The Customer Effect

Financial incumbents are starting to care about financial education

  • Fintech companies have been trying to change the model by shifting the focus from their existing and target millennial customers to the next generation: their kids
  • It’s not clear what financial education is exactly and existing initiatives haven’t been successful; with products are the driving force of behavior in the new economy, it should be built into product design
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Financial incumbents are starting to care about financial education

Financial education is getting a long sought-after spotlight.

On Wednesday, Greenlight Financial Technology — the creator of a smart debit card for kids, teens, and college students — closed $16 million in a Series A funding round. Its investors went beyond your traditional venture capital firm, including a disparate coalition of  financial services bigwigs like SunTrust Bank and Ally Financial as well as the Amazon Alexa Fund, among other VCs. Greenlight, whose mission is to help strengthen financial literacy among kids and give parents a platform to raise “financially smart kids,” will use the new funds to develop its products.

That coalition of Greenlight partners signals a renewed understanding of the reality of most Americans’ financial lives — 57 percent of Americans are financially unhealthy according to the Center for Financial Services Innovation — by legacy financial services companies coming to terms with the fact that they need to be in the business of financial health in order to keep customer relationships in tact over the long term.

“Financial services providers are rethinking what the mass market is, what it looks like to be financially unhealthy and whats really going on in customers lives. I look at this [Greenlight] card and I think its responsive,” to the financial innovations put forth by fintech companies today, said Karen Andres, a relationship manager at the CFSI. “If you’re not taking care of your customers today and helping them build their financial health they won’t be your customers tomorrow.”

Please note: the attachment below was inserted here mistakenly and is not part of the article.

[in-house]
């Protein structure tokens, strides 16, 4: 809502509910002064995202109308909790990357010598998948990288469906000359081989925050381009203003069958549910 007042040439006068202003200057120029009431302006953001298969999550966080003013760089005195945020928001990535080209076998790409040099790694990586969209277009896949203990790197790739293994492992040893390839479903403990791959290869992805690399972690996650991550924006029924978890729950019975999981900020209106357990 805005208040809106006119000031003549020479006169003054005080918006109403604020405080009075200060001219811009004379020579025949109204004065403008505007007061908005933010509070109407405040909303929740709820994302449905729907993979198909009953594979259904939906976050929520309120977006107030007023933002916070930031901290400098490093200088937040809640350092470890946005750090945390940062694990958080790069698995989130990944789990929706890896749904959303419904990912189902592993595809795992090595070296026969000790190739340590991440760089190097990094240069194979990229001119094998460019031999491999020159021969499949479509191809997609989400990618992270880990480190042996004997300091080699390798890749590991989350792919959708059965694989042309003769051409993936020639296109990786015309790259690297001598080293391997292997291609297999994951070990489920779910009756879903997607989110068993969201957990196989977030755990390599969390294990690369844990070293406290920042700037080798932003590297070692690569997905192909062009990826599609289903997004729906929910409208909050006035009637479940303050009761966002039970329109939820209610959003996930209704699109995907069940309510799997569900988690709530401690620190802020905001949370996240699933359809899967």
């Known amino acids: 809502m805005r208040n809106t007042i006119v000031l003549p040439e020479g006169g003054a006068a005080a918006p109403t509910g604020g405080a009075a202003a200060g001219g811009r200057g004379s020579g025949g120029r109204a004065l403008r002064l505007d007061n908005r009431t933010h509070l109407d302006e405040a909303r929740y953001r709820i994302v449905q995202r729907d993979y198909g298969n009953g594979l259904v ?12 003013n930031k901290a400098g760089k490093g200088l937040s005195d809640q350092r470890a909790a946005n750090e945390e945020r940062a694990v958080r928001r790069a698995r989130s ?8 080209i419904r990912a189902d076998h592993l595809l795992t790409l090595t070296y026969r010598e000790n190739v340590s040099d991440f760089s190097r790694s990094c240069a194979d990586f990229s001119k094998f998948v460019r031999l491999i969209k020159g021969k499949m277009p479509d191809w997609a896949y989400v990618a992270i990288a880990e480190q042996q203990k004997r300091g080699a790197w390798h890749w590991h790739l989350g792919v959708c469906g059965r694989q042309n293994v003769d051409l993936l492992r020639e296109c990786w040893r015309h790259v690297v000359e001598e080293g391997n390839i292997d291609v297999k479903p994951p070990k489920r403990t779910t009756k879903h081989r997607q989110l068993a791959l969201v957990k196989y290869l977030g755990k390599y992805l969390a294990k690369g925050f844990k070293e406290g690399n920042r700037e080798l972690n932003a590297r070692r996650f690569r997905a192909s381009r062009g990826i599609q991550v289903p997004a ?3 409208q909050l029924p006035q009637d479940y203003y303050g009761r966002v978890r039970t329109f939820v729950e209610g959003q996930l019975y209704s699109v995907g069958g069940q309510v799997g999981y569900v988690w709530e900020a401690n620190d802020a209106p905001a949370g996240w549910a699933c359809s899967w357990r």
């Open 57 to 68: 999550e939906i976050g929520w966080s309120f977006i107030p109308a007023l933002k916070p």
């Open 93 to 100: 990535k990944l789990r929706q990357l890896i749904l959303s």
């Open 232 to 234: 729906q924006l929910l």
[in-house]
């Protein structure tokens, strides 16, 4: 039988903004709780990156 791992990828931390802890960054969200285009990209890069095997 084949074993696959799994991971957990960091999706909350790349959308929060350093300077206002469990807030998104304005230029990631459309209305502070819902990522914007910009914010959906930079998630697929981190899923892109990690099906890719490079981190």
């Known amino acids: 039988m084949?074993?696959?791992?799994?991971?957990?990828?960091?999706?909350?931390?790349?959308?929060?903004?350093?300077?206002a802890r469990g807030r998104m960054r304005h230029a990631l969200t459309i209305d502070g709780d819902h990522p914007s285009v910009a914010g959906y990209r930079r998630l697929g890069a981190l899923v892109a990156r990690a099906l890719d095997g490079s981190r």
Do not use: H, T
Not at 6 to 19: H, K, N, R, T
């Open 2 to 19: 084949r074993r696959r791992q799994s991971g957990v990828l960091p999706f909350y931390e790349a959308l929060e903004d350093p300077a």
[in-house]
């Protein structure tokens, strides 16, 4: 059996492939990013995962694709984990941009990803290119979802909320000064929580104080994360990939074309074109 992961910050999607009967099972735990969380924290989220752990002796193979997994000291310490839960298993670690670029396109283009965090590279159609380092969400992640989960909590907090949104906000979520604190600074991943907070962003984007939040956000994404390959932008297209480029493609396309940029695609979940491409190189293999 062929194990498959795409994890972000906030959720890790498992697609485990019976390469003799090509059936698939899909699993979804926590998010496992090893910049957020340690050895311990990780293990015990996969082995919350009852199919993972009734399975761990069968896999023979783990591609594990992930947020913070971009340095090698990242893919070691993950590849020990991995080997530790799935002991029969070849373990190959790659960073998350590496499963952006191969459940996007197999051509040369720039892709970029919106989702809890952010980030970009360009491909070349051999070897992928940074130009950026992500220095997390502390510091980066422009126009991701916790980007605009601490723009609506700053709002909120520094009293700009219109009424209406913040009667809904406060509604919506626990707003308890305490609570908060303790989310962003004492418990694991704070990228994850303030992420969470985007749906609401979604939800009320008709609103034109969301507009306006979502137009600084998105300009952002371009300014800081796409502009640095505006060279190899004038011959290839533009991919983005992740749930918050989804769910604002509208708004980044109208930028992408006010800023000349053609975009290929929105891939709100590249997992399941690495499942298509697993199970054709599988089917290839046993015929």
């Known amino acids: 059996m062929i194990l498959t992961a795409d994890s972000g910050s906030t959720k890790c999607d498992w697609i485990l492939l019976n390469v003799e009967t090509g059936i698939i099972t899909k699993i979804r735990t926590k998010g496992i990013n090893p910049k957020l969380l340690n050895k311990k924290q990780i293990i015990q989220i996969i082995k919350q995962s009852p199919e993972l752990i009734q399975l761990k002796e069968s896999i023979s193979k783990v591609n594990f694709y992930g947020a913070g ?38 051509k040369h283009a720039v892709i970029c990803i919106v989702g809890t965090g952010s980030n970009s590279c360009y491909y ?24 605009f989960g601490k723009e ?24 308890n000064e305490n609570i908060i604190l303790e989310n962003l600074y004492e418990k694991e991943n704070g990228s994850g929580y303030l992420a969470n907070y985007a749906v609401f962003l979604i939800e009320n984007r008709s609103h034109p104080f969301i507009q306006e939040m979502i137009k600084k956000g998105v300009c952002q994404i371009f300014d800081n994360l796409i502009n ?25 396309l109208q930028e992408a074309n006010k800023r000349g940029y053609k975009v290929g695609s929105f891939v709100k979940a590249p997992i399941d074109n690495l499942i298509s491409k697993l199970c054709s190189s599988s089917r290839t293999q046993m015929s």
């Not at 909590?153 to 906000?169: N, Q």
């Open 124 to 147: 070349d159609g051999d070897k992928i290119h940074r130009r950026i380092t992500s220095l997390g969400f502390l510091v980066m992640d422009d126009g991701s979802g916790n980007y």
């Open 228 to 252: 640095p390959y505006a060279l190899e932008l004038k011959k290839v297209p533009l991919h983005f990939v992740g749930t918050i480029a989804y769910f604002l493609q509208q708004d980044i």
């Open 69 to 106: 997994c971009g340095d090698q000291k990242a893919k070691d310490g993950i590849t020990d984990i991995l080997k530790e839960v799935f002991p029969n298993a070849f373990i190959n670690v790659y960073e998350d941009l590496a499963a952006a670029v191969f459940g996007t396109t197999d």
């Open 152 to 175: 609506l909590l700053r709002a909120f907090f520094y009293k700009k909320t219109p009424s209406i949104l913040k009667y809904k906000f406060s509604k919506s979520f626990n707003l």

Financial education has a problem. Other than the fact that it’s important, it’s not clear what it is or how it’s consumed and in any case, existing initiatives — usually relegated to content marketing — haven’t worked. If they did, personal finance wouldn’t be such a daunting concept for those who need the initiatives most.

But over the last year fintech companies have been trying to change the model by shifting the focus from their existing and target millennial customers to the next generation: their kids. For example, last year Current launched with a platform that merges task assignments from parents with digital payments to children; earlier this month, microinvesting app Stash said it would use fresh funding to develop a product that lets customers invest on behalf of their kids.

To achieve financial health, the idea of financial education or financial literacy needs to change from one focused on gaining knowledge to one focused on changing behavior, which is more about financial capability than education.  The U.S. economy today is different from that of previous generations in that products are the driving force of behavior, said Current CEO Stuart Sopp, and that calls for an overhaul in the way products are designed.

“Teaching someone something is a very paternal thing we’ve seen in this capitalist economy and we’re into this really different economy now,” he said. “We’ve recognized a marked difference in the independence of this generation… There are probably more adults than in previous generations that get things like saving and investing and are driving the conversation home much more so than in previous generations. So you have to build tools in a way that is different to previous generations.”

Ally Ventures, the strategic investment arm of Ally Financial and one of Greenlight’s investors, for example, has strived to advance financial literacy and education through education courses, tips, tools and online resources designed to help customers manage their money more effectively, but it also wants to pursue opportunities to incorporate education and literacy into its offerings, said Dinesh Chopra, chief strategy officer at Ally Financial.

“We believe the combination of educational content and smart products and services can help empower consumers to achieve their financial goals,” he said.

Large institutions are often criticized for being slow innovators. Slow as they may be, they’ve been responding to innovative products focused on financial health at their own speed. BBVA Compass acquired Simple in 2016, JPMorgan Chase began offering Chase Liquid, a prepaid card designed for low-income customers with difficulty accessing good financial products, Wells Fargo is launching a sub-branded Greenhouse account with financial management capabilities built in. While they target the poor and financially unhealthy, they don’t always provide the educational tools to help them out of it. That’s starting to change. Traditional banks now build content around financial management and planning that’s short and easy to consume, but do so in collaboration with product design, Andres said.

“We’ve started to see shifts in the direction providers are taking to help customers learn by doing — in this case, with the Greenlight card — or to think about changing the way they conceptualize financial literacy by providing information to customers differently: in smaller chunks and at key moments of decision, rather than the old classroom-style half-hour module on a weighty financial topic,” she said.

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